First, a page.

SCRAMBLING SMARTPHONE OS VENDOR Microsoft has announced that it is opening Windows Phone 7 application submission to its apps store up to developers.
This means that anyone registered as a Windows Phone Marketplace developer will be able to submit applications for approval and ultimately end up with them on the Windows Phone 7 Marketplace. The late timing of this announcement comes as something of a shock, as many would have thought Microsoft might have established this facility some time before it launched its new smartphone operating system.
The procedure takes around three to five business days from submission to being certified and then published. However Microsoft isn't too certain of itself, saying that as the process is new, developers should let it know if they experience any problems. And it seems that developers are doing just that on the firm's support forums.
Third party applications are seen as vital to the success of any smartphone operating system. Rather than advertising the Iphone's hardware, Apple prefers to highlight various applications that are available through its App Store and often boasts about the large number of applications available to users.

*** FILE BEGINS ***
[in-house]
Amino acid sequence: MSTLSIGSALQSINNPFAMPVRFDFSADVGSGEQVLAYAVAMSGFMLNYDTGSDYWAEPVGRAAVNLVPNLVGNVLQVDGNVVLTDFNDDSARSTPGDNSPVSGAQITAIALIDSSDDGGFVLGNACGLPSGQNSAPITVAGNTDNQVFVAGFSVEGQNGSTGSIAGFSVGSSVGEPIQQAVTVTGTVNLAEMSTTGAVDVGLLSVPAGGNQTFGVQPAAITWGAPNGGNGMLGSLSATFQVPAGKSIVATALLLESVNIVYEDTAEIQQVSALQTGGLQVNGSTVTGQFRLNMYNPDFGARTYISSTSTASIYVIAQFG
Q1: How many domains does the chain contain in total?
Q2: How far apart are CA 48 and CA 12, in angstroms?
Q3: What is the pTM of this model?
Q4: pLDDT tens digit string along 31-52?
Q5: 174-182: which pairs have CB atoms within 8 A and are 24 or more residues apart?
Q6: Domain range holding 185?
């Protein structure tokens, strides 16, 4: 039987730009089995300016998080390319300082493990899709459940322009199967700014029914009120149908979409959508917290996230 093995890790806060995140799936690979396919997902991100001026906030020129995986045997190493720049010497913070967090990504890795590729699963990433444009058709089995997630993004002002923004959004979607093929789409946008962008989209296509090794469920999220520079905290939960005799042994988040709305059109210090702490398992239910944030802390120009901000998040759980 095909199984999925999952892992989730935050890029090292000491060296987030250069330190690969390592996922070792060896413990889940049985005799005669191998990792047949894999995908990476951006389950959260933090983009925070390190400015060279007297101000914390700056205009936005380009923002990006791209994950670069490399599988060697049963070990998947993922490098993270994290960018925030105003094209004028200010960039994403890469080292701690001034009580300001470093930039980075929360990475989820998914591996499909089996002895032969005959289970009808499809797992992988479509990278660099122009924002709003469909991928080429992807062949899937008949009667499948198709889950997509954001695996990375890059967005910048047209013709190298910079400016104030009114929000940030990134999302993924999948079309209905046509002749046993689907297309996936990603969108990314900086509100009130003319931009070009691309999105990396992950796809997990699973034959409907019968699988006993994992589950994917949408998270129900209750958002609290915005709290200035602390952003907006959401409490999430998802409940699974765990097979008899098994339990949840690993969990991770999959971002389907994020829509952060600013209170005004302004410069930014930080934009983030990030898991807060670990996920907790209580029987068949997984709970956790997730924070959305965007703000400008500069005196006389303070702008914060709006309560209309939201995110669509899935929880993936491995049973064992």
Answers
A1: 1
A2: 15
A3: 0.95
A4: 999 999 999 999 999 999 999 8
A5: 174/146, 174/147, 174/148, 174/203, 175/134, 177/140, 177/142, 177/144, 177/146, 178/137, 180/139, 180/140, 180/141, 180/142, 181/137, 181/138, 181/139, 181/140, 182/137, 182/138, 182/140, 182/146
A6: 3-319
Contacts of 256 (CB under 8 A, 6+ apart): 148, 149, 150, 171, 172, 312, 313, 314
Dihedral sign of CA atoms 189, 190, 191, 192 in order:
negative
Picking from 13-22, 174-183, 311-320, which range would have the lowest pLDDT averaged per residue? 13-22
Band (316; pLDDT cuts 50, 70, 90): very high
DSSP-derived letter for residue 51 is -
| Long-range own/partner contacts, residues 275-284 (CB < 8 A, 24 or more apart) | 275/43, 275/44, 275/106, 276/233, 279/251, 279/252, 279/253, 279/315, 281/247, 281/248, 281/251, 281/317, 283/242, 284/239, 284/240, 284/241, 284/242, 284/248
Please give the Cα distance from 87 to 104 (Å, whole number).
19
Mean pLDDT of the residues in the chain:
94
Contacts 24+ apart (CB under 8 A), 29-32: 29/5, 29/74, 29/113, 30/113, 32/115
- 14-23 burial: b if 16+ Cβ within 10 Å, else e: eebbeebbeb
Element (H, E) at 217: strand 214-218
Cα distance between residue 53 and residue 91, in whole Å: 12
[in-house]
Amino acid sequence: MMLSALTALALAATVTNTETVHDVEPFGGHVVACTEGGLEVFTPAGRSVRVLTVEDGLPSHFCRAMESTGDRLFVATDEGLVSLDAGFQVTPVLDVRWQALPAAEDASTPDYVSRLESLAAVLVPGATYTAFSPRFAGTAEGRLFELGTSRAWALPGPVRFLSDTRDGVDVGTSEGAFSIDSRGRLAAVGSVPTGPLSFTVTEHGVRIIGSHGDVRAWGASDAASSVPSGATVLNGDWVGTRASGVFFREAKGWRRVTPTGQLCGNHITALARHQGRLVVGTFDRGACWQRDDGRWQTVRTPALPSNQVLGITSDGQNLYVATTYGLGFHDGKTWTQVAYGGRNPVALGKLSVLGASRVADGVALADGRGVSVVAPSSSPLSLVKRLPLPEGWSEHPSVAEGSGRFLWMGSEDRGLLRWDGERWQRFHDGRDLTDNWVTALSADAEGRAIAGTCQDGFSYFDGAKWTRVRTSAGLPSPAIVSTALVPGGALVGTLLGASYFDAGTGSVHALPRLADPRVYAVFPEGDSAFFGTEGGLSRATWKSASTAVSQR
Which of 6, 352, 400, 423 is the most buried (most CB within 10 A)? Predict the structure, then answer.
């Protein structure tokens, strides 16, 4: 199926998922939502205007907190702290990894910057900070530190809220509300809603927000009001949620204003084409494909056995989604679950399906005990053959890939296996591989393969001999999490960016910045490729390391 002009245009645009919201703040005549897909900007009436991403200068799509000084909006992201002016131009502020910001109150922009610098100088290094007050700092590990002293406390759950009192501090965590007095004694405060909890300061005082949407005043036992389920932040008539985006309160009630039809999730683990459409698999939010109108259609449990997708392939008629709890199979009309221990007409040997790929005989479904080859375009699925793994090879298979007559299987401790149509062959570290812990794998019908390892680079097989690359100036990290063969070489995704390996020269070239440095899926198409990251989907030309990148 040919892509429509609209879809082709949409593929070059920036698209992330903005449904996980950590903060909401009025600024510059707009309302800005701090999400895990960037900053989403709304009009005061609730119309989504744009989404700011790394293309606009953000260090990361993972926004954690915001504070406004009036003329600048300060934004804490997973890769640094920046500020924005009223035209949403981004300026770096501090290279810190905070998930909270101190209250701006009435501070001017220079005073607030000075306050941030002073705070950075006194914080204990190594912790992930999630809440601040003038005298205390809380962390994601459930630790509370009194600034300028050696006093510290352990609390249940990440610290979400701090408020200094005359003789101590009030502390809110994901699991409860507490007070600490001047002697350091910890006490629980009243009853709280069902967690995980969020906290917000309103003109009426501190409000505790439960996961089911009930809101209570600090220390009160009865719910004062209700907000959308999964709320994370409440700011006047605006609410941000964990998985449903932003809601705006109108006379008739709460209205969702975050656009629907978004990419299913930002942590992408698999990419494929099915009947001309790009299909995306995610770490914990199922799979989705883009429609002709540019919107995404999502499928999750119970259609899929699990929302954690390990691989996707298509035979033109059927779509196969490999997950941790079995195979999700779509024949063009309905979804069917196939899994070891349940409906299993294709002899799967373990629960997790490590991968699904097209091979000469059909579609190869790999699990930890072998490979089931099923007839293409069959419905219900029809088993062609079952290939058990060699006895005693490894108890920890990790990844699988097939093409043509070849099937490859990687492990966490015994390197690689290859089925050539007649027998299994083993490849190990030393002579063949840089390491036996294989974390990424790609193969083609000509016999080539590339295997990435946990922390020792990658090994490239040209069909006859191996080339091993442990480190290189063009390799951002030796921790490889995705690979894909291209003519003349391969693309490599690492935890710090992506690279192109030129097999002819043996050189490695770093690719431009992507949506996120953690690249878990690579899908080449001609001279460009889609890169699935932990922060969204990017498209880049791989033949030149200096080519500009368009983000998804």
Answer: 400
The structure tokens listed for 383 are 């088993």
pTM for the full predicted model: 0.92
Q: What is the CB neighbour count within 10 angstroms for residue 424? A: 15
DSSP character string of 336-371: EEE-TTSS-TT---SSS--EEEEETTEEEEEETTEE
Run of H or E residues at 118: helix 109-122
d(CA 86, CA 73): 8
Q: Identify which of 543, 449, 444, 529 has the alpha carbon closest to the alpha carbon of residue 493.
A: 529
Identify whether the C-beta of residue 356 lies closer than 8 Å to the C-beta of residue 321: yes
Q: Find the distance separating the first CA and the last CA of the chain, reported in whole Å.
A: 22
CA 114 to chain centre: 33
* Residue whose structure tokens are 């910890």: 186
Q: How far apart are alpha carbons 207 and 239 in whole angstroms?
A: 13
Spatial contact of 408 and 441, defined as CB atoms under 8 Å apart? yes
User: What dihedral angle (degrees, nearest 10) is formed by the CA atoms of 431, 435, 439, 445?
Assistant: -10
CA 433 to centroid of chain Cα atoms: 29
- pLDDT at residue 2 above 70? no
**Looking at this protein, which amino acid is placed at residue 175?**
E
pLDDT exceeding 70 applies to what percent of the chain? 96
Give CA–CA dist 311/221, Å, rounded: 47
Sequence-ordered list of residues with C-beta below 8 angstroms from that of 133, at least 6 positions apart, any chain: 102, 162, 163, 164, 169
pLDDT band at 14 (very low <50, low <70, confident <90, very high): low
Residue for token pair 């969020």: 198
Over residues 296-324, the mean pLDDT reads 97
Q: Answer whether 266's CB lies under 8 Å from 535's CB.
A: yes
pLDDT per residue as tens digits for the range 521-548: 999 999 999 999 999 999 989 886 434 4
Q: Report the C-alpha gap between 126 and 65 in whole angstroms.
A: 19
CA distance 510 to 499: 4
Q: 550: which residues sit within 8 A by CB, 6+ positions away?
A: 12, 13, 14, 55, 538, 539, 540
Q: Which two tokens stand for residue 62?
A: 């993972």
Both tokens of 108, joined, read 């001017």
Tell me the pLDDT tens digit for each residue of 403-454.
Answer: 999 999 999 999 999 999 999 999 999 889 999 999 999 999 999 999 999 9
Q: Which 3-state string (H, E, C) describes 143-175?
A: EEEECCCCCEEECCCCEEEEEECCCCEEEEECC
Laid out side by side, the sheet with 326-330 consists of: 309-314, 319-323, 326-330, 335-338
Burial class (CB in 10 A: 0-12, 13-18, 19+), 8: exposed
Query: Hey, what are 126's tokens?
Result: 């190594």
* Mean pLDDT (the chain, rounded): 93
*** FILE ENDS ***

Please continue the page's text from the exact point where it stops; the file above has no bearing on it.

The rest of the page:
Recently Jobs' Mob revealed that more than 300,000 applications are available on the App Store, and similarly, the Android Market has swollen to over 100,000 applications. Of course most users will only ever load a fraction of a per cent of the total available applications on their device but the message is clear, the higher the number of available applications, the greater the potential functionality of the device.
Microsoft has been dogged with developer issues in the runup to the launch of Windows Phone 7. Announcements such as Skype giving up on developing a client for the Vole's upcoming smartphone operating system sent out the message that it simply wasn't worth it for developers to spend their limited time to port their applications to yet another smartphone operating system.
For Microsoft, the firm could end up in a Catch-22 situation, where poor sales of Windows Phone 7 devices lead to developers deciding to shun the operating system in favour of IOS and Android. That in turn will make the vendors of devices running the Vole's operating system see its consumer appeal diminish, which could lead to the self-fulfilling prophecy of low sales.
All of this leads us to ask the question, why did Microsoft wait so long before opening up its developer program? Although developers are unlikely to have waited until now to start coding their applications, the move means that users who bought devices at launch be presented with a deserted Marketplace, hardly the image a company that is desperate to regain lost ground in the smartphone market wants to present.
The quantity of applications available on the Marketplace is, of course, not indicative of their quality, but as it is used as a barometer of available functionality by Microsoft's chief competitors, one would have thought that this announcement would have been made weeks prior to the launch of Windows Phone 7.
The fact that it took the Vole nearly a month after the launch of Windows Phone 7 to make this announcement goes to show that Microsoft still doesn't understand the smartphone market. By Lawrence Latif - The Inquirer